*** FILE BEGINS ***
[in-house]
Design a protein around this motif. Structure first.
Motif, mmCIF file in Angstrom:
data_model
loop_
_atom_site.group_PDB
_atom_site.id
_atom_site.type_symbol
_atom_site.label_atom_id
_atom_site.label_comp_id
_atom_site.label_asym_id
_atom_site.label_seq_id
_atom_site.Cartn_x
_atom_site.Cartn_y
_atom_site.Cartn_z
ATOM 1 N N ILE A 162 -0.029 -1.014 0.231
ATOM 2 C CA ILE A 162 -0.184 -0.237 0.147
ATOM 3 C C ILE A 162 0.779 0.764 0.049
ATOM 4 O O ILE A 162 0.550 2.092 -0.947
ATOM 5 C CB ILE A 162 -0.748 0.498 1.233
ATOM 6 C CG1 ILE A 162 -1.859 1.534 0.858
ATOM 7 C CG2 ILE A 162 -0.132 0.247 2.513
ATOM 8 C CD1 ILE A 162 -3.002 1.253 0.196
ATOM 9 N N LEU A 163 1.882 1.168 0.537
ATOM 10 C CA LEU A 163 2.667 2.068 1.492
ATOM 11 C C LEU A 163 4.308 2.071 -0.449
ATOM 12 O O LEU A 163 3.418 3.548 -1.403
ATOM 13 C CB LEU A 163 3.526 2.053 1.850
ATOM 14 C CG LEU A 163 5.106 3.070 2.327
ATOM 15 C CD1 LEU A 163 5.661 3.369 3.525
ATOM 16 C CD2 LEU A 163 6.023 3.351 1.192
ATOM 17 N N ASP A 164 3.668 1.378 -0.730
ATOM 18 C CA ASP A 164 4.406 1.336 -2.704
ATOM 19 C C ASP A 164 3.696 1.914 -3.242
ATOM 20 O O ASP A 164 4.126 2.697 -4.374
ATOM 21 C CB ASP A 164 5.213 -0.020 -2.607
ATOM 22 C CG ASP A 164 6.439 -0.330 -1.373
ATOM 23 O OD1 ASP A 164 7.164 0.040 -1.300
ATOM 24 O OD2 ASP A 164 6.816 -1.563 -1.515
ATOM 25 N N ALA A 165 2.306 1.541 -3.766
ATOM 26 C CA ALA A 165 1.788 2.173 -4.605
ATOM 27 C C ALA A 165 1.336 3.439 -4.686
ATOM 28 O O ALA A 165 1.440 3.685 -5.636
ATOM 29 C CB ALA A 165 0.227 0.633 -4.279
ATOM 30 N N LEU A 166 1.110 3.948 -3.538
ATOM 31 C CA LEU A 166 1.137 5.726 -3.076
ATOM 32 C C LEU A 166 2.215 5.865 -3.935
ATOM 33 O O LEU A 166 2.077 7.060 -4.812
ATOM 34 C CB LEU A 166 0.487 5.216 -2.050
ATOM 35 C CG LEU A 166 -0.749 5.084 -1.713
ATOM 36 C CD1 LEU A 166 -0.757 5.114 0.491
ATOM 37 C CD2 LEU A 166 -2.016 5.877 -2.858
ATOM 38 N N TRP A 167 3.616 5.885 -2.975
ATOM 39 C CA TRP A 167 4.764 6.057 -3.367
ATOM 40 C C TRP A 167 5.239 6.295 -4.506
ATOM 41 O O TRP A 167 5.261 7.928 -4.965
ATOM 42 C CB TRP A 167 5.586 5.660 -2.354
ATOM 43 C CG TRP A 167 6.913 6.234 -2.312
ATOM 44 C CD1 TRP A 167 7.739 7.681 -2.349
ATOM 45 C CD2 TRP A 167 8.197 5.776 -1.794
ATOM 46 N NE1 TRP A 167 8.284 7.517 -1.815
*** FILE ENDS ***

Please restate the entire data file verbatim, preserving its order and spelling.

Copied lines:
[in-house]
Design a protein around this motif. Structure first.
Motif, mmCIF file in Angstrom:
data_model
loop_
_atom_site.group_PDB
_atom_site.id
_atom_site.type_symbol
_atom_site.label_atom_id
_atom_site.label_comp_id
_atom_site.label_asym_id
_atom_site.label_seq_id
_atom_site.Cartn_x
_atom_site.Cartn_y
_atom_site.Cartn_z
ATOM 1 N N ILE A 162 -0.029 -1.014 0.231
ATOM 2 C CA ILE A 162 -0.184 -0.237 0.147
ATOM 3 C C ILE A 162 0.779 0.764 0.049
ATOM 4 O O ILE A 162 0.550 2.092 -0.947
ATOM 5 C CB ILE A 162 -0.748 0.498 1.233
ATOM 6 C CG1 ILE A 162 -1.859 1.534 0.858
ATOM 7 C CG2 ILE A 162 -0.132 0.247 2.513
ATOM 8 C CD1 ILE A 162 -3.002 1.253 0.196
ATOM 9 N N LEU A 163 1.882 1.168 0.537
ATOM 10 C CA LEU A 163 2.667 2.068 1.492
ATOM 11 C C LEU A 163 4.308 2.071 -0.449
ATOM 12 O O LEU A 163 3.418 3.548 -1.403
ATOM 13 C CB LEU A 163 3.526 2.053 1.850
ATOM 14 C CG LEU A 163 5.106 3.070 2.327
ATOM 15 C CD1 LEU A 163 5.661 3.369 3.525
ATOM 16 C CD2 LEU A 163 6.023 3.351 1.192
ATOM 17 N N ASP A 164 3.668 1.378 -0.730
ATOM 18 C CA ASP A 164 4.406 1.336 -2.704
ATOM 19 C C ASP A 164 3.696 1.914 -3.242
ATOM 20 O O ASP A 164 4.126 2.697 -4.374
ATOM 21 C CB ASP A 164 5.213 -0.020 -2.607
ATOM 22 C CG ASP A 164 6.439 -0.330 -1.373
ATOM 23 O OD1 ASP A 164 7.164 0.040 -1.300
ATOM 24 O OD2 ASP A 164 6.816 -1.563 -1.515
ATOM 25 N N ALA A 165 2.306 1.541 -3.766
ATOM 26 C CA ALA A 165 1.788 2.173 -4.605
ATOM 27 C C ALA A 165 1.336 3.439 -4.686
ATOM 28 O O ALA A 165 1.440 3.685 -5.636
ATOM 29 C CB ALA A 165 0.227 0.633 -4.279
ATOM 30 N N LEU A 166 1.110 3.948 -3.538
ATOM 31 C CA LEU A 166 1.137 5.726 -3.076
ATOM 32 C C LEU A 166 2.215 5.865 -3.935
ATOM 33 O O LEU A 166 2.077 7.060 -4.812
ATOM 34 C CB LEU A 166 0.487 5.216 -2.050
ATOM 35 C CG LEU A 166 -0.749 5.084 -1.713
ATOM 36 C CD1 LEU A 166 -0.757 5.114 0.491
ATOM 37 C CD2 LEU A 166 -2.016 5.877 -2.858
ATOM 38 N N TRP A 167 3.616 5.885 -2.975
ATOM 39 C CA TRP A 167 4.764 6.057 -3.367
ATOM 40 C C TRP A 167 5.239 6.295 -4.506
ATOM 41 O O TRP A 167 5.261 7.928 -4.965
ATOM 42 C CB TRP A 167 5.586 5.660 -2.354
ATOM 43 C CG TRP A 167 6.913 6.234 -2.312
ATOM 44 C CD1 TRP A 167 7.739 7.681 -2.349
ATOM 45 C CD2 TRP A 167 8.197 5.776 -1.794
ATOM 46 N NE1 TRP A 167 8.284 7.517 -1.815